The questions around frontier technology such as artificial intelligence that need answering for education - Darren Mundy

As a first generational university graduate, I recognise the value that technology brought to my own educational journey. My current focus as an educator and technologist at the University of Hull emphasises the continued need to ask important questions regarding the wider impact of technology on our children’s development, so that we can make their and all of our futures much brighter.

For the past 15 years, I’ve been interested in how technologies can be used to strengthen our classrooms.

Technology has always played a role in the development of our educational systems. The technology of pen, printing press, computer, world wide web, and now artificial intelligence, has been and continues to be used to shape and re-shape the ways we develop. These changes in the ways people learn have also often had an impact on access, creating opportunities for different groups of people to learn more and develop further than would have been possible without technology. However, there are challenges.

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One area where technology can impact is in enabling all learners to have a voice. There are different reasons preventing students from speaking out in a classroom, including physical disability, cognitive difficulties, shyness and anxiety, as well as the perceptions of others. These factors contribute to reducing the level of inclusivity in our classrooms. Technology can introduce methods for engagement through devices such as tablets, phones and other accessible devices, where increased levels of anonymity can be achieved for learners, reducing some of the barriers. Challenges remain though. For example, there are concerns about technology availability, with not all learners having access to devices, and questions over whether technology-based interaction creates the depth that can be enabled through verbal interaction.

A teacher and students in a classroom. PIC: PAA teacher and students in a classroom. PIC: PA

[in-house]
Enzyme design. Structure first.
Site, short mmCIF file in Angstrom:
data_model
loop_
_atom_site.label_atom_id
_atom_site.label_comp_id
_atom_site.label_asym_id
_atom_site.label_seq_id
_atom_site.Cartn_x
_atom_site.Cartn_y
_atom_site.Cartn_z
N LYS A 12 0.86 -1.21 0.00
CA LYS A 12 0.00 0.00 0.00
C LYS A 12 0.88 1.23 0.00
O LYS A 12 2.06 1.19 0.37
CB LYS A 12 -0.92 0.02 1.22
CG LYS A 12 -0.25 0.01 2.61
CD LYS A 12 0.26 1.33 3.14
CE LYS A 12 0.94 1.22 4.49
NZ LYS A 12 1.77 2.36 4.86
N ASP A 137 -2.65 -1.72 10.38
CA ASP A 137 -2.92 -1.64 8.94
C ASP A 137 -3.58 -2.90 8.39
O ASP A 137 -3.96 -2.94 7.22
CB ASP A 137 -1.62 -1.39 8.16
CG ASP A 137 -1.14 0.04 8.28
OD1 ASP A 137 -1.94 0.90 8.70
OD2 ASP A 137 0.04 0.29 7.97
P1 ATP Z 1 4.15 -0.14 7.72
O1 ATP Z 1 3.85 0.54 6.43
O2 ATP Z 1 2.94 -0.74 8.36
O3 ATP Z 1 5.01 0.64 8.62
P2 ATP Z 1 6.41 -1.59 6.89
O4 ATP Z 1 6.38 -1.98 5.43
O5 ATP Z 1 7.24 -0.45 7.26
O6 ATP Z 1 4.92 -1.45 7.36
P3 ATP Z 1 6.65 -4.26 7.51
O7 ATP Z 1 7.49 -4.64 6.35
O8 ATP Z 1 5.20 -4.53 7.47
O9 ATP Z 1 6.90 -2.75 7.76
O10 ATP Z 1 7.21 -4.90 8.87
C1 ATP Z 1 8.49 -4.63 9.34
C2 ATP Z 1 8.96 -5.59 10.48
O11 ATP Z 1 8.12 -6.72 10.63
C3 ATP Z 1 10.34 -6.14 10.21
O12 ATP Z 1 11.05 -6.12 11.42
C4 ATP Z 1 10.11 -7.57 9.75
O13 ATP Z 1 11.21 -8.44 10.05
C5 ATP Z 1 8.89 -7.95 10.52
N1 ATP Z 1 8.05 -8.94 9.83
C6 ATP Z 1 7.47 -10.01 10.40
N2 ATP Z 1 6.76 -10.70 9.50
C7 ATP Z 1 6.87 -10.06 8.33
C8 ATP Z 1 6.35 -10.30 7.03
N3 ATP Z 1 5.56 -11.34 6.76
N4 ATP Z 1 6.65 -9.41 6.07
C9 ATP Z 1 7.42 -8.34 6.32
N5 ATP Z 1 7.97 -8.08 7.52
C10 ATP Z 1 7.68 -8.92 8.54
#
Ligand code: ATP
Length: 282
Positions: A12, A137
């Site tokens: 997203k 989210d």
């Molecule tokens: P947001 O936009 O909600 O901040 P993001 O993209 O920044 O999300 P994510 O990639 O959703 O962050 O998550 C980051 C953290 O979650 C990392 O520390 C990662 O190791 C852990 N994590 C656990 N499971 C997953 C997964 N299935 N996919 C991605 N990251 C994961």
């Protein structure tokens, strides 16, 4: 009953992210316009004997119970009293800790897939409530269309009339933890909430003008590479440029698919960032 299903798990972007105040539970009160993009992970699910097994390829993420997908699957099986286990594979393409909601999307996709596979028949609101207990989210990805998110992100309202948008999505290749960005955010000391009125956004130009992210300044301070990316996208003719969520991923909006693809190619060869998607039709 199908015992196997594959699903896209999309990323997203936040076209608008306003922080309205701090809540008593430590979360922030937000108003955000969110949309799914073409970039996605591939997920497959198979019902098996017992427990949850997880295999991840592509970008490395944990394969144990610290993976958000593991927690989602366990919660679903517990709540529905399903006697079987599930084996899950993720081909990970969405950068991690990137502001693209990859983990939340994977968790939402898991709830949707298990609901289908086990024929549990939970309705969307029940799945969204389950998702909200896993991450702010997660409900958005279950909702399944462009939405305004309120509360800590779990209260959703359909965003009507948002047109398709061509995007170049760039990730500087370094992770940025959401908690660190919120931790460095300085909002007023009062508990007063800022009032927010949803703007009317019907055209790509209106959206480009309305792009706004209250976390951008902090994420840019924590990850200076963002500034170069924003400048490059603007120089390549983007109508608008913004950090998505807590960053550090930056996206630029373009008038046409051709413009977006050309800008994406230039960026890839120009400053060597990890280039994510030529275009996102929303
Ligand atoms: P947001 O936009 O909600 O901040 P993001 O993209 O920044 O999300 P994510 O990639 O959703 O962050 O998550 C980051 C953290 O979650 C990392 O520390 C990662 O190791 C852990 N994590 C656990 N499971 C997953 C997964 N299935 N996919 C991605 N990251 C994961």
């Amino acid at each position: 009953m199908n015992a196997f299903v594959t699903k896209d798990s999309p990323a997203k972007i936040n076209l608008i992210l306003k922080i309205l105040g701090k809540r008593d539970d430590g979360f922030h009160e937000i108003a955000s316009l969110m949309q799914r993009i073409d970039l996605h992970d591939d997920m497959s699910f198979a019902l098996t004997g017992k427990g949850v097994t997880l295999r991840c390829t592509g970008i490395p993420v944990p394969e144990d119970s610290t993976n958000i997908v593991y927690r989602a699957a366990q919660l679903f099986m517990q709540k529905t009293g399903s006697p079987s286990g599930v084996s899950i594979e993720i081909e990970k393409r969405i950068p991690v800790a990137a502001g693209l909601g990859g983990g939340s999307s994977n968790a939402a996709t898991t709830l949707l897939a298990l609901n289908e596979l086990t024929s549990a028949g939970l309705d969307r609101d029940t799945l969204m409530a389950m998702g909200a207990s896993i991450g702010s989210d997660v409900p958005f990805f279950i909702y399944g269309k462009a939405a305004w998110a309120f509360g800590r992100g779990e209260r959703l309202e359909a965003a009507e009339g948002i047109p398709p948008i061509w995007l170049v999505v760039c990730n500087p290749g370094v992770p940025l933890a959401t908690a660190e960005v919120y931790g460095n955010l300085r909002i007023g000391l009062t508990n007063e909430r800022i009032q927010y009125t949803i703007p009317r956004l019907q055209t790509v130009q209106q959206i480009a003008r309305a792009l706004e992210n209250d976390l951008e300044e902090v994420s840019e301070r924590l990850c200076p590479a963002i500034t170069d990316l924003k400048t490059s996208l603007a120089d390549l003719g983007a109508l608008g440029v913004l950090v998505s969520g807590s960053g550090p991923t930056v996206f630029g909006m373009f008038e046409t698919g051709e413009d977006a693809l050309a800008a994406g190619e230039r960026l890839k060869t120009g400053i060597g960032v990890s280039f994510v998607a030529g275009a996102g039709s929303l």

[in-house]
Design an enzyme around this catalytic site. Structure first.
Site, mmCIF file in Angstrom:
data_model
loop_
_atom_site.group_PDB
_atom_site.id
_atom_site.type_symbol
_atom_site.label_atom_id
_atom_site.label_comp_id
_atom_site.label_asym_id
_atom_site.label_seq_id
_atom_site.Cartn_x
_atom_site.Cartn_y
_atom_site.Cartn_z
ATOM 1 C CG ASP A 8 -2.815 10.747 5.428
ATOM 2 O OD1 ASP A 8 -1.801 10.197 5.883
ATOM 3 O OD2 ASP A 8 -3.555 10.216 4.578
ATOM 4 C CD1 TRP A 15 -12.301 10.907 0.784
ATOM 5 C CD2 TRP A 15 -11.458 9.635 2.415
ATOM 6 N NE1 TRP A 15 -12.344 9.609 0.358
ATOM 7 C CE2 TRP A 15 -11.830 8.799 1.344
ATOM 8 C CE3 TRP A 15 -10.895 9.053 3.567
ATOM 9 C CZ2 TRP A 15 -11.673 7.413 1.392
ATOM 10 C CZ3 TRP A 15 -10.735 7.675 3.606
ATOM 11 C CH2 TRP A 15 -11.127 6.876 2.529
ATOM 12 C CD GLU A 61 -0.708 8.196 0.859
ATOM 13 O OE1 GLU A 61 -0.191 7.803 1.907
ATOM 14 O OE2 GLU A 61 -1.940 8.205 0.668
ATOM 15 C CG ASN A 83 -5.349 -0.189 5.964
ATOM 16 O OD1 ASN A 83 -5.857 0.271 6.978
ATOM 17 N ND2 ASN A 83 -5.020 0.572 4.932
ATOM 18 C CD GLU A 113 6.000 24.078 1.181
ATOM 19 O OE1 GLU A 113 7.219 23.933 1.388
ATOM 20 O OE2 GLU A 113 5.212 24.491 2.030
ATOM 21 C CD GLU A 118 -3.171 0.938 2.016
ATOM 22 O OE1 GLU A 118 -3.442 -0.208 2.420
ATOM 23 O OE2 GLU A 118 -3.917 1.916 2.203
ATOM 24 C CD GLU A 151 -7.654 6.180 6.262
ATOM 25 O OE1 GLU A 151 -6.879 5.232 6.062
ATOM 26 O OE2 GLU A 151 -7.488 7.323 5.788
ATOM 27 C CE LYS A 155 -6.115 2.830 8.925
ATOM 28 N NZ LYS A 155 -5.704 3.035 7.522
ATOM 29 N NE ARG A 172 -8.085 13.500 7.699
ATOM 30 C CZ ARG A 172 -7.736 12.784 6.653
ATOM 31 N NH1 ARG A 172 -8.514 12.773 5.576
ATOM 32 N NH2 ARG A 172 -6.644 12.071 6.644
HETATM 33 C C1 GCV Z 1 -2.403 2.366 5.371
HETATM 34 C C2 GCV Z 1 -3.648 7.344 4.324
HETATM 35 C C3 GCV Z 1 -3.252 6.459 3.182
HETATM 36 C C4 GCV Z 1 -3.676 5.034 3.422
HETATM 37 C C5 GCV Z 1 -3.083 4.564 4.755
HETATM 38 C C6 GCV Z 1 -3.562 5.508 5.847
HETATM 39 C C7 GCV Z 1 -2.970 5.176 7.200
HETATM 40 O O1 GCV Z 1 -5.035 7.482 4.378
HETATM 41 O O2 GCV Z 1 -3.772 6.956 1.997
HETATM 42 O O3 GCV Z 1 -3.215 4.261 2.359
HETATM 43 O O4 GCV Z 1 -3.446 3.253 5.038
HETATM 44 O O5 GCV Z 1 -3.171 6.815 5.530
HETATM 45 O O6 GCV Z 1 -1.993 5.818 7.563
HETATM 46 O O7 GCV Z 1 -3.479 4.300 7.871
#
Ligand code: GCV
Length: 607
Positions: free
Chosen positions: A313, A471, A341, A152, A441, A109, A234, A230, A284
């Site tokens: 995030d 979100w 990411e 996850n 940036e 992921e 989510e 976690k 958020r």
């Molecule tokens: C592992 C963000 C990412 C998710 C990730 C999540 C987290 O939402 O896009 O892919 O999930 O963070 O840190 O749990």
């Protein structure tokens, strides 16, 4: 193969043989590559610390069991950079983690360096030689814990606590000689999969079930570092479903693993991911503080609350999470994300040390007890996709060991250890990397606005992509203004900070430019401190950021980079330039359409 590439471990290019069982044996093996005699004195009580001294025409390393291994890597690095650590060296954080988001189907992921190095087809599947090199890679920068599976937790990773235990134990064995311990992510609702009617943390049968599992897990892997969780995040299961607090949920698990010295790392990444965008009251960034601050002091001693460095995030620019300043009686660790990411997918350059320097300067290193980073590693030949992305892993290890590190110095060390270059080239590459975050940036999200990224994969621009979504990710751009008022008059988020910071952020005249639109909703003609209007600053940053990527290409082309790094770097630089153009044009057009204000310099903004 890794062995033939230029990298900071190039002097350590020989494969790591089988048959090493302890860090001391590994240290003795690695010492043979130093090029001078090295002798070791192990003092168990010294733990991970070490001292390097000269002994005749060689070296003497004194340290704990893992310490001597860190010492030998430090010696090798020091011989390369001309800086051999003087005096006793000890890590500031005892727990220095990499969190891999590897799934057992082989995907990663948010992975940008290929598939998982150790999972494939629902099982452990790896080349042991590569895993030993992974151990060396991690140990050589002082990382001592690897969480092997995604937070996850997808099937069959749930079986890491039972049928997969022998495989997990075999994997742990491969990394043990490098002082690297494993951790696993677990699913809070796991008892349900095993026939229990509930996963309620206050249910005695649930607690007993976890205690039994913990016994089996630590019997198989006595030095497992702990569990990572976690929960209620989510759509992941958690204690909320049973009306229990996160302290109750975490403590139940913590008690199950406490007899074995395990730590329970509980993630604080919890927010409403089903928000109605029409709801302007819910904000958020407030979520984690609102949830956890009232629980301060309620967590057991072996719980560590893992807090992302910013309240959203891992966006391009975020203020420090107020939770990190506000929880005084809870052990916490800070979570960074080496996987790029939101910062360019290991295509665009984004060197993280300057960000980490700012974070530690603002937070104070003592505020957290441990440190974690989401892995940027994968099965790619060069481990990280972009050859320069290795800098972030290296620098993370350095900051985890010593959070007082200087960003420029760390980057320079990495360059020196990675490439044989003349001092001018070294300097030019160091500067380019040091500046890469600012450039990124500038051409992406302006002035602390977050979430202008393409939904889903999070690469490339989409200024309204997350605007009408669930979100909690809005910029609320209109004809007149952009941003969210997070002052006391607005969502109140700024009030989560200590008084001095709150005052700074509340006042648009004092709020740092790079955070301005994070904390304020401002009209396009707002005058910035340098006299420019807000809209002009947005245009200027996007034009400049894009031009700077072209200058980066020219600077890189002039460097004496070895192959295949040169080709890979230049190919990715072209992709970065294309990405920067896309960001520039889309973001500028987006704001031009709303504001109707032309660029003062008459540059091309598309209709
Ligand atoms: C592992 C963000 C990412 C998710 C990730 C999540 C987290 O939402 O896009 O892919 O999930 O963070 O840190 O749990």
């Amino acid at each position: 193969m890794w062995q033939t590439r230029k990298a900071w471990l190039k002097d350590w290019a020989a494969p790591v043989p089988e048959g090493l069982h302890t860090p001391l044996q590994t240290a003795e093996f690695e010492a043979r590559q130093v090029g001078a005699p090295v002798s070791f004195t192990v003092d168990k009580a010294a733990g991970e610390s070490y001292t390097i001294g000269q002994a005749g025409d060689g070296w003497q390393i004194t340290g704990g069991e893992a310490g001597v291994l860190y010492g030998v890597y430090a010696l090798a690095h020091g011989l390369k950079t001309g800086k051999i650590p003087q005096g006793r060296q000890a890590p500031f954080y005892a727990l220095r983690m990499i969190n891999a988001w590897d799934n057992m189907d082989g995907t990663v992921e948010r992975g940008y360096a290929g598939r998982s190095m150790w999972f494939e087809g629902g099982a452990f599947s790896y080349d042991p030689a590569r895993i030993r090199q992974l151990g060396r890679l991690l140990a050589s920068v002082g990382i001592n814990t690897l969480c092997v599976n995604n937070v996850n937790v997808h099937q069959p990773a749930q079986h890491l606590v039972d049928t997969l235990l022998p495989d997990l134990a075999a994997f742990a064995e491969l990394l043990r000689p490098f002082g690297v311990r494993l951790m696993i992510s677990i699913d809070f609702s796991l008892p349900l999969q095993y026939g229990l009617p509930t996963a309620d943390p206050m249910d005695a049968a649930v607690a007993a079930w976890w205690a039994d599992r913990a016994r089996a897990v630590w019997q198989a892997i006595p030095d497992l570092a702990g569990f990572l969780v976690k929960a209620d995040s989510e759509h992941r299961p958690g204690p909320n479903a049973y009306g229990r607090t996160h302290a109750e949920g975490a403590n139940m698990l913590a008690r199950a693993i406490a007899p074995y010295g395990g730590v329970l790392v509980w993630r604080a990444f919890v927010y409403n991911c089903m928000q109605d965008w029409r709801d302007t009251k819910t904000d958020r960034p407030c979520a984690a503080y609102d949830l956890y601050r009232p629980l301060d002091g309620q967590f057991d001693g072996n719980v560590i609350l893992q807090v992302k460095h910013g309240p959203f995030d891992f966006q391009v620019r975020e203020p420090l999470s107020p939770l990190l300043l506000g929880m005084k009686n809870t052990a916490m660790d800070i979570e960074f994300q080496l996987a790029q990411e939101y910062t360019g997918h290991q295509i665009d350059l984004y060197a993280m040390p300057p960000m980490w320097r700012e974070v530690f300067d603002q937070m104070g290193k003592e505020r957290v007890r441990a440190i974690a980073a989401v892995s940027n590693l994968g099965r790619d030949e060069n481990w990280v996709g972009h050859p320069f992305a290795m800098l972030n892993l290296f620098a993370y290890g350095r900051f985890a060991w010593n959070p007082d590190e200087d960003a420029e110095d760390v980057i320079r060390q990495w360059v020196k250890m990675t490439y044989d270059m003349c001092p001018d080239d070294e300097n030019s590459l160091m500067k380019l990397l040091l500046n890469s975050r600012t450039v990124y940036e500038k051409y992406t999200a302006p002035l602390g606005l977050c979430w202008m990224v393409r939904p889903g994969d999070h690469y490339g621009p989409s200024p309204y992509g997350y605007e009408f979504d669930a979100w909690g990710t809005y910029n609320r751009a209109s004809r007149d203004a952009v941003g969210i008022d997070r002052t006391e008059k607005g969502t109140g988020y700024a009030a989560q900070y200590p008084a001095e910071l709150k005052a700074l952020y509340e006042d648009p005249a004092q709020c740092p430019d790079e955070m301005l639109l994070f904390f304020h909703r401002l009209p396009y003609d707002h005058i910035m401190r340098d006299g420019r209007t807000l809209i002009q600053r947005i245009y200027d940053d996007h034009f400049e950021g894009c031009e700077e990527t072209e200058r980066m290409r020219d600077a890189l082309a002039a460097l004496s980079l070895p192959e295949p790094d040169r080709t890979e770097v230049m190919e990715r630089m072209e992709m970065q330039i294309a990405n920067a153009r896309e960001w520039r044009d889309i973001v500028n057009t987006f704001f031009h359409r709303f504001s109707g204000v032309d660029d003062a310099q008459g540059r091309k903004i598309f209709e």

A teacher and students in a classroom. PIC: PA

Learner empowerment can also be facilitated through technology. Many web-based organisations have designed systems which reflect our interests, ways of working, and more generally who we are.

The web is estimated to consist of over one billion indexed web pages (those known by search engines). This provides a wealth of materials for individuals to develop their knowledge, giving people more access to information and control of what they view than ever before. However, what people view is often determined by search engine algorithms.

In our organisations, we’ve taken steps to diversify resources presented to learners, but often digital resources are controlled by payment or popularity, or location of the resource. The issues presented by the Cambridge Analytica scandal create concerns over who is controlling the information we’re viewing, who is viewing us, and then in general whose world are we viewing. Effectively are we moving from state-controlled curricula to private enterprise curated materials?

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In addition, the control people have can mean they always consume similar content about items of interest to them. This may mean continually engaging with people who share the same views, or always watching cat videos – you make your choice. Our digital platforms are not particularly well designed to generate levels of digital curiosity.

Our own research at the University of Hull working in partnership with colleagues from across Europe within the DETECT project, has explored the importance of developing an understanding of, not just the skills in using various technologies, but also the knowledge of how to apply technology in different situations to support learning, and to think critically about its use and impact. The development of such knowledge is crucial for teachers, particularly in thinking through how to respond to the challenges presented by technology use and how to achieve the most value in improving the experience for all.

For example, recent developments in AI with the creation of tools such as ChatGPT, Jasper AI and others have resulted in headteachers calling developments ‘bewildering’ and expressing alarm that technology ‘is moving too quickly’. Whilst there are clear concerns, there are many opportunities that could be enriching and it is good to see the Department for Education providing guidance and practical skills development. AI has the potential to go further than personalising our learning materials, it can help individuals gain a deeper understanding of what they are doing wrong and how to correct it, and can help broaden our understanding of the world including our relationship to it.

Whilst pandemic lockdowns created a need to shift towards greater use of technologies to support learning than ever before, many of the challenges remain. Universities have a key role in continuing to work with policymakers and our partner schools and colleges in exploring how to embed existing and new technologies to support our curriculum.

Professor Darren Mundy is Dean of the Faculty of Arts, Cultures and Education at the University of Hull.

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